What's Hot in 2015 for the Evolution of Federal IT
Guest blogger Ed Bender from SolarWinds outlines some predictions on the driving factors needed for information technology advancement in the coming year.
With 2014 in the rearview mirror, federal agencies now are looking ahead to what the next year will bring. For information technology (IT) professionals working in the U.S. Defense Department and intelligence community, 2015 will be the year of the cloud, application stacks, security challenges and centralization. How will each of these trends develop and impact government information technology infrastructures? Here is a look at a few changes in IT that will affect federal IT pros in 2015.
Data centers and applications aim for the cloud
The federal government will start to see more hybrid IT environments this year as data centers and applications migrate to cloud services. The biggest driver behind this change is the financial benefit, both in terms of infrastructure and personnel, which is becoming hard to ignore. In preparation for this move, the Federal Risk and Authorization Management Program (FedRAMP) security practices have been adopted, which allow for competition among cloud providers and commoditized pricing of cloud services at specified security levels. FedRAMP allows federal agencies and the DOD to closely look at having new applications hosted in the cloud rather than on government-owned servers. Additionally, federal IT jobs will shift from onsite to behind-the-scenes at data centers and even the number of people required to manage the data centers will drop as the infrastructure is streamlined. The end goal of this move to the cloud is to get the federal IT infrastructure to become something the government uses rather than something the government owns.
Streamlining the app-centric world
As with commercial business, the DOD increasingly is becoming dependent on applications, both for day-to-day operations and for mission-critical situations. However, it seems that insufficient attention has been paid to the vast number of applications and their cross functionality within government agencies. This is why collapsing and consolidating these applications will become a priority in 2015, though it is not a simple case of closing down all the duplicate applications and migrating information—it is much more complicated than that. Both old and new applications will need to be maintained and monitored as information is transferred and consolidated. Also, as applications are collapsed and more users rely on the same application, federal IT professionals will need to focus on performance monitoring both to ensure a smooth transition and to prevent downtime.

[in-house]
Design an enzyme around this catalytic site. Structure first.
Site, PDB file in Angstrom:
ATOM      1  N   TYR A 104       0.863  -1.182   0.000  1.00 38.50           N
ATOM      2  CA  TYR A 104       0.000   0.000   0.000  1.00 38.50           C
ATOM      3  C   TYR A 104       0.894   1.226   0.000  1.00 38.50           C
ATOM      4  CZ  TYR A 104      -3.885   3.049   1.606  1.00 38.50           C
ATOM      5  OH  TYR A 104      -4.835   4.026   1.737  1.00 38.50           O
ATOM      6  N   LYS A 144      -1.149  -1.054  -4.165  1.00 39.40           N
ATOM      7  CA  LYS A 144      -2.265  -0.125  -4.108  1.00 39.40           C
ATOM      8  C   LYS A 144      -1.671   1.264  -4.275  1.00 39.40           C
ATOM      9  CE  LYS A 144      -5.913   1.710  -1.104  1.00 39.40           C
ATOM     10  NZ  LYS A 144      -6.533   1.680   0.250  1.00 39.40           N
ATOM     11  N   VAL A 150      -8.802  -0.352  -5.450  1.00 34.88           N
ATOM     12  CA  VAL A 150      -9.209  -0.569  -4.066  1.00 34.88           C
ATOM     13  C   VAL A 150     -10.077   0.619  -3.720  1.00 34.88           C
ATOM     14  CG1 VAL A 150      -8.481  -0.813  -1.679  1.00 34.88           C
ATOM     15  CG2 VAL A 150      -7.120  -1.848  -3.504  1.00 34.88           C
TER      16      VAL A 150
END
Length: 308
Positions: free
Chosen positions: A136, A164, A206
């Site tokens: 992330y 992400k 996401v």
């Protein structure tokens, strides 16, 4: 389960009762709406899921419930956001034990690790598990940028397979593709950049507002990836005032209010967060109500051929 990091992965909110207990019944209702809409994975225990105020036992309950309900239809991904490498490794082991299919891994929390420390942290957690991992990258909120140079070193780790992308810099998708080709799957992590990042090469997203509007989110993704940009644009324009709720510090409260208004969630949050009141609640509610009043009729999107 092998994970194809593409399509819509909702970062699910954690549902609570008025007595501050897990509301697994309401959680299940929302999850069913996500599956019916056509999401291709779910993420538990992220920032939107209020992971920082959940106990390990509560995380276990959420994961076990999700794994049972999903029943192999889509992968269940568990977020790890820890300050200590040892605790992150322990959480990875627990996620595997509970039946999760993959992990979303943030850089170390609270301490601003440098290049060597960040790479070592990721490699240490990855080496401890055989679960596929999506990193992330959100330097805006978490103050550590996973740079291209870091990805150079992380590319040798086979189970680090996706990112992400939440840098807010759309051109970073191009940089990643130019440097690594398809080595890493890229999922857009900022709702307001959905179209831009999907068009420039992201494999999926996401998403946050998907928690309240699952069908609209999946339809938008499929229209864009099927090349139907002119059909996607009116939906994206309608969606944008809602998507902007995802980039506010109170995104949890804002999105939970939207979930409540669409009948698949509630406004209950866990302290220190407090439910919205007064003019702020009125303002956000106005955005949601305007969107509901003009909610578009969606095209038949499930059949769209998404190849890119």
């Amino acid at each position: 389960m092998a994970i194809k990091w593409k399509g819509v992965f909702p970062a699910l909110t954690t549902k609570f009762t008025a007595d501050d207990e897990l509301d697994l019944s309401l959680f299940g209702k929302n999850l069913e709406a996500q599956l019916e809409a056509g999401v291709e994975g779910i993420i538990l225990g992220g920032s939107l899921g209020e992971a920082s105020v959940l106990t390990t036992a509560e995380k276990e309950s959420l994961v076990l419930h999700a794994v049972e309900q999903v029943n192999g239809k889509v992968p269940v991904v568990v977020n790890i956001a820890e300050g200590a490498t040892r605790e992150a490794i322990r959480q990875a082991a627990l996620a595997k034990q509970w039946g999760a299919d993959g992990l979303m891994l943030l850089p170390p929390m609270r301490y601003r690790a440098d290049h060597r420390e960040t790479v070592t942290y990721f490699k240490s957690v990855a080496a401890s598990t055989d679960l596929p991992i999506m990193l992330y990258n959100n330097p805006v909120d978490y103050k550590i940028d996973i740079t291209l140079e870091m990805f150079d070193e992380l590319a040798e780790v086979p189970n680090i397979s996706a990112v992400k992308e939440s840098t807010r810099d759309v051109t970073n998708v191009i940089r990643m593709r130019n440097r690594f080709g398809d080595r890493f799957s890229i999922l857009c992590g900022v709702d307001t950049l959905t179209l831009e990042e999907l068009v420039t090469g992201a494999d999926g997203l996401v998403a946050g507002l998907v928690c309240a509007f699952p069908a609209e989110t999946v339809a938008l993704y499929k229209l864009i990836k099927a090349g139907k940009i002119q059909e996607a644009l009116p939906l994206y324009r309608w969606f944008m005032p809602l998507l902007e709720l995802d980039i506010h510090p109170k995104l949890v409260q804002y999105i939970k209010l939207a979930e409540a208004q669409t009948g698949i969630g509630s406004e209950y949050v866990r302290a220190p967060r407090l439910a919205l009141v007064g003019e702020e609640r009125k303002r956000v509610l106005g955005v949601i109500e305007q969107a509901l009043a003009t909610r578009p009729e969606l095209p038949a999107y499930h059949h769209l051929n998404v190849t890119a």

Risk Management Framework implementation goes full steam ahead
As migration and adoption of the new Risk Management Framework (RMF) ramps up in 2015, both organizations and individuals will face challenges during implementation. The National Institute of Standards and Technology published the RMF, and civilian agencies, intelligence agencies and the DOD are adopting it. The agencies will train security staff as they begin the migration from using the DOD Information Assurance Certification and Accreditation Process to the new framework. As the RMF is adopted across the federal government, the knowledge and experience gained will be transferrable. Federal IT experts that learn and adopt the RMF processes quickly will find themselves in high demand by the end of 2015.
Agencies to focus on thwarting insider security threats
As new external security threats challenge government agencies on an ongoing basis, so do internal threats. Insider security breaches—whether caused accidentally or because of careless actions or malicious intent—will require more attention in 2015. Phishing attacks, deliberate copying of files, authentication and failed authentication to multiple systems and unusual network activity from individual computers must be logged and analyzed more effectively in 2015. Forensic investigations will have to be more thorough, and logging all suspicious internal activities that could expose data or introduce threats to the environment will be expanded. Tools and techniques for aggregating, correlating and reporting on log data to identify internal threats will be a higher priority in many federal agencies in 2015.
Centralized visibility and decision-making
Integration of IT management tools to provide central visibility into overall situational awareness will be universally recognized as more important in 2015. The benefit of having real-time situational awareness of the status of IT across an entire agency is huge, and when coupled with the benefits of collecting historical data, it will allow leaders to identify trouble spots and respond appropriately. Additionally, most, but not all, government agencies will make IT refresh decisions more centrally in 2015. Most agencies are of an appropriate size to have a strong centralized IT organization that makes commodity technology decisions to refresh their IT systems, but some agencies, specifically the DOD and intelligence agencies, will start to realize that some IT decisions are best made in a somewhat distributed manner. If an agency is too big, and has too many different missions, a centralized IT decision-making process for commodity IT products can introduce procurement delays that cause technology to be obsolete by the time the procurement process is completed and the technology is deployed. Finding the right balance between centralized visibility and policies and distributed action will be a big challenge for 2015.
Ed Bender is lead federal systems engineer at IT management software provider SolarWinds. He is based out of the company’s Herndon, Virginia, office.